Tax Reform: Should I Convert to a C Corporation?
April 19, 2018
By Tim Schuster, CPA
With the passing of the Tax Cuts and Jobs Act, a lot of questions have arisen from closely held business owners about converting their limited liability company (LLC) or S corporation (S corp) to a C corporation (C corp). Does it make sense to switch to or start a C corp? The answer is not that simple. Much depends on your business and the business model you operate under.
While the federal tax rate for C corps has dropped favorably to a flat 21%, there are still limitations to a C corp’s tax structure. C corps are subject to double tax. When a C corp issues dividends on their profits, the shareholders receiving the dividends are then taxed on their personal tax return, while the C corp receives no deductions for these payments. Whereas, if you are structured as an LLC or an S corp, you are taxed on the net taxable income that flows through to the owner’s individual tax return and you can distribute the funds out of your company, without double tax. If the goal of the business is to reinvest the earnings back into the company, C corps are a favorable option to take advantage of the lower tax rates.
As a practical matter, for current operations, closely held C corporations do not normally pay dividends. Owners in these entities are often active in the business and draw a salary. The corporation gets a deduction for the salaries, but owners receiving the salary pay federal tax on that salary at a rate as high as 37%.
Upon exiting a closely held business, the sale of the assets of the business are, normally, the only viable option. Very few buyers will want to buy the ownership interest in a closely held business. If you decide to sell your business as a C corp, income generated from the sale of assets is taxed at the corporate level first and then taxed again when the net cash is distributed out to the shareholders to redeem their stock.
The Qualified Business Income Deduction is a new deduction meant for S corps, LLCs, partnerships and sole proprietorships (commonly referred to as flow-through entities). The deduction is calculated at 20% of the trade/business income of these entities – leaving a top effective rate of 29.6%. There are limitations based on owner’s taxable income, W-2 salaries of the business, assets in the business and whether or not the business is a service or non-service business. This calculation is complicated and it would be best to consult a tax advisor on the potential impacts of this deduction and whether the flow-through business qualifies.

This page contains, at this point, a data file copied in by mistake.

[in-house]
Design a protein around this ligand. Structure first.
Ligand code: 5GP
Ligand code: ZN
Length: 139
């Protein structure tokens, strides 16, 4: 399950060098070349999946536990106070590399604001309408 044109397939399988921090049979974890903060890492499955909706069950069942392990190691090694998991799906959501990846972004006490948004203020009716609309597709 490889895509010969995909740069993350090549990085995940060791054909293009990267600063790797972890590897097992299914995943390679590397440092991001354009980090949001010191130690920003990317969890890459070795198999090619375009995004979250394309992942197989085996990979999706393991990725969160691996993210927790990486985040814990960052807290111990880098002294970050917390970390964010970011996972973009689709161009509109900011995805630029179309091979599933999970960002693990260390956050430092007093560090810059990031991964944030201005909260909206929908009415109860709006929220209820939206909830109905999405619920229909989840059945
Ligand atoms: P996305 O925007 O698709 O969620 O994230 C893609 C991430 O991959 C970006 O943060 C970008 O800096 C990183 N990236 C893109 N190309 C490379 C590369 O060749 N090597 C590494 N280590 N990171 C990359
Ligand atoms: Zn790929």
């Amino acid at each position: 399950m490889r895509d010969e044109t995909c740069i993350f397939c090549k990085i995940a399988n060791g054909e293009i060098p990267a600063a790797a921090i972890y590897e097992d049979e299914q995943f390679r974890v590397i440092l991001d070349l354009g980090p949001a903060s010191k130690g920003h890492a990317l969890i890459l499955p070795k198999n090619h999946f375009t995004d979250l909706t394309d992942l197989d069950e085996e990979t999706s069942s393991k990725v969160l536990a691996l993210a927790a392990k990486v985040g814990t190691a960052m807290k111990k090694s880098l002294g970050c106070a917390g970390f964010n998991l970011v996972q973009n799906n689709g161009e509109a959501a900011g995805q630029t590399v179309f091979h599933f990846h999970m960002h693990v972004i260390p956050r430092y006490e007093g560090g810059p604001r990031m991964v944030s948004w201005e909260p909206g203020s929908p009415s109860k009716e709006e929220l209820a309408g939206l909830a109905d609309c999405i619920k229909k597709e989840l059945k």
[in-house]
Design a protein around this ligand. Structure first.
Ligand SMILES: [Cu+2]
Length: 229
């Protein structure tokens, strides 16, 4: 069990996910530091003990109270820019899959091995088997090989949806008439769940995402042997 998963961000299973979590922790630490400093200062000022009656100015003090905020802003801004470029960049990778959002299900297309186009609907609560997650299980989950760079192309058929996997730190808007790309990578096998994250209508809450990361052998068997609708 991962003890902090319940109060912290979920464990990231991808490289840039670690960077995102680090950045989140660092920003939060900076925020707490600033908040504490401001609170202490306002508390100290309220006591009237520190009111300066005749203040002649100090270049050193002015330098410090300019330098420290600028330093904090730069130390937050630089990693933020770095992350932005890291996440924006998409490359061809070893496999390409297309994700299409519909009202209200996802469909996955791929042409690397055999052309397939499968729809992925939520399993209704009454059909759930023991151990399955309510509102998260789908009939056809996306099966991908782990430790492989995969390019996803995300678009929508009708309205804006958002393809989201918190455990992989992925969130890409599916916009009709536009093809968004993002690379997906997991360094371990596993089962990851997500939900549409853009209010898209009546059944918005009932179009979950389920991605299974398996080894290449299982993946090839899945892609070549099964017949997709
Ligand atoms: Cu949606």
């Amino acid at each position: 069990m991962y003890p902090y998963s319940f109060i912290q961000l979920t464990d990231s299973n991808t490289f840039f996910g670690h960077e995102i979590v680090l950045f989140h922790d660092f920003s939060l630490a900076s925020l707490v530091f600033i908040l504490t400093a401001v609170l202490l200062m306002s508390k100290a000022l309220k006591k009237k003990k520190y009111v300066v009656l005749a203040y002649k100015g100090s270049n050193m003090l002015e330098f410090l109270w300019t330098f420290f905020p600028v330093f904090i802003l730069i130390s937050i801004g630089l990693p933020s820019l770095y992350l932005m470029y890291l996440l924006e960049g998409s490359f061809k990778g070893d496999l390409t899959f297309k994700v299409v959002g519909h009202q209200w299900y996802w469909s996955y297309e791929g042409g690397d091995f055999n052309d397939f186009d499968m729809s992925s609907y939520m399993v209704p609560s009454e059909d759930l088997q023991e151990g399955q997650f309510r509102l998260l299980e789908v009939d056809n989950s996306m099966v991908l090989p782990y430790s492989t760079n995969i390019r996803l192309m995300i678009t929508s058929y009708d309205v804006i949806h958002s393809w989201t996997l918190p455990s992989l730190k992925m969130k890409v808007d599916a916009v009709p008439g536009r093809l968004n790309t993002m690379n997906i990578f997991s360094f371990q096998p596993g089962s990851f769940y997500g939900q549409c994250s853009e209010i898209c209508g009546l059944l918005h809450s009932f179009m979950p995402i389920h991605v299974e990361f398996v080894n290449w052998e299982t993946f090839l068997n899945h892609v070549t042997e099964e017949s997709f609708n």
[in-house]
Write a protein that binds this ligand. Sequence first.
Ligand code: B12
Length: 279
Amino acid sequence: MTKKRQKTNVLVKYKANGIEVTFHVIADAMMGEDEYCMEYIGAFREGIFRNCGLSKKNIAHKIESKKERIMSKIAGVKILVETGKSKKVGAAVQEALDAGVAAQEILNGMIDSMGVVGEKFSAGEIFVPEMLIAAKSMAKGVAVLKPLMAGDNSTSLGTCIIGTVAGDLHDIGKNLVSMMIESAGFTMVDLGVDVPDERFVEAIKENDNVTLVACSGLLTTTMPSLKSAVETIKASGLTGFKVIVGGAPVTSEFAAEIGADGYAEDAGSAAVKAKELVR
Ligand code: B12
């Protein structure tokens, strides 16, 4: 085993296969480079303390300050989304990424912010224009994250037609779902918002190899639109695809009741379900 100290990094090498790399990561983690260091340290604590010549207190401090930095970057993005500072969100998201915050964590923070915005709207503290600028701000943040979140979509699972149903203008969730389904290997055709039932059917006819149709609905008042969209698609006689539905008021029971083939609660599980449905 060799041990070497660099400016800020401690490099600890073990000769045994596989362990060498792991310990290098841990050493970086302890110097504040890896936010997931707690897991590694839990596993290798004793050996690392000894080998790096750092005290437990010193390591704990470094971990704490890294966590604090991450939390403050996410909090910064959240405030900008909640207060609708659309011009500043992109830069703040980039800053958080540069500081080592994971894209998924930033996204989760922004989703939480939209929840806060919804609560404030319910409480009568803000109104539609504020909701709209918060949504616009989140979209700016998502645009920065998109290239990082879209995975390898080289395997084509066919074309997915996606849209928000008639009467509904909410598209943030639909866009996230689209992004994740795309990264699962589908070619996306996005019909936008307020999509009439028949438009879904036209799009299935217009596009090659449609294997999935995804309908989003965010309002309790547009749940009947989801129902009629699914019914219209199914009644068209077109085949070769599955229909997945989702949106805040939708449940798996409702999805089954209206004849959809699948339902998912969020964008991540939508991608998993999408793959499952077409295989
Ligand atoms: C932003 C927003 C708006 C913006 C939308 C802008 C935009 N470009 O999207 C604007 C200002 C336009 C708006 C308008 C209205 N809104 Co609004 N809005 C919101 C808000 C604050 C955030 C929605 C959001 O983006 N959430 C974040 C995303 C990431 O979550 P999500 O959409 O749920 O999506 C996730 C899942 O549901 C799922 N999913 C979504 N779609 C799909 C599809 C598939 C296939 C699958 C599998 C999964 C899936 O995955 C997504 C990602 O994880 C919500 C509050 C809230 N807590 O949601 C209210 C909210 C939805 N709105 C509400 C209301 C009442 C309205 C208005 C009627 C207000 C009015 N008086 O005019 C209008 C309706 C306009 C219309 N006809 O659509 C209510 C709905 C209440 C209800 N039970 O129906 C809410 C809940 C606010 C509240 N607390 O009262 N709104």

Another matter to keep in mind is state and local deductions are now limited on personal tax returns. State and local taxes are now capped at $10,000 on an individual’s tax return. Corporations do not have this limitation and are eligible to deduct state and local taxes that are assessed and paid not subject to the $10,000 limit.
Also, consider the timing issues when switching to and from a C corporation. Let’s say your business is currently structured as an S corp. You and your shareholders deem your business is better suited as a C corp and you want to convert your organization. It is fairly easy to switch to a C corp. But there is a “buyer beware” with that enterprise. You must wait five years after the switch to a C corp to switch back to an S corp. Once you switch back to an S corp, you could be subject to double taxation on built-in gains (unrealized appreciation on assets held while the entity is a C corporation) for an additional five years after the switch. At a minimum, you will need to live with the possibility of some degree of double taxation for up to ten years.
As always, it is best to starting having these conversations early with your tax advisor on business structures.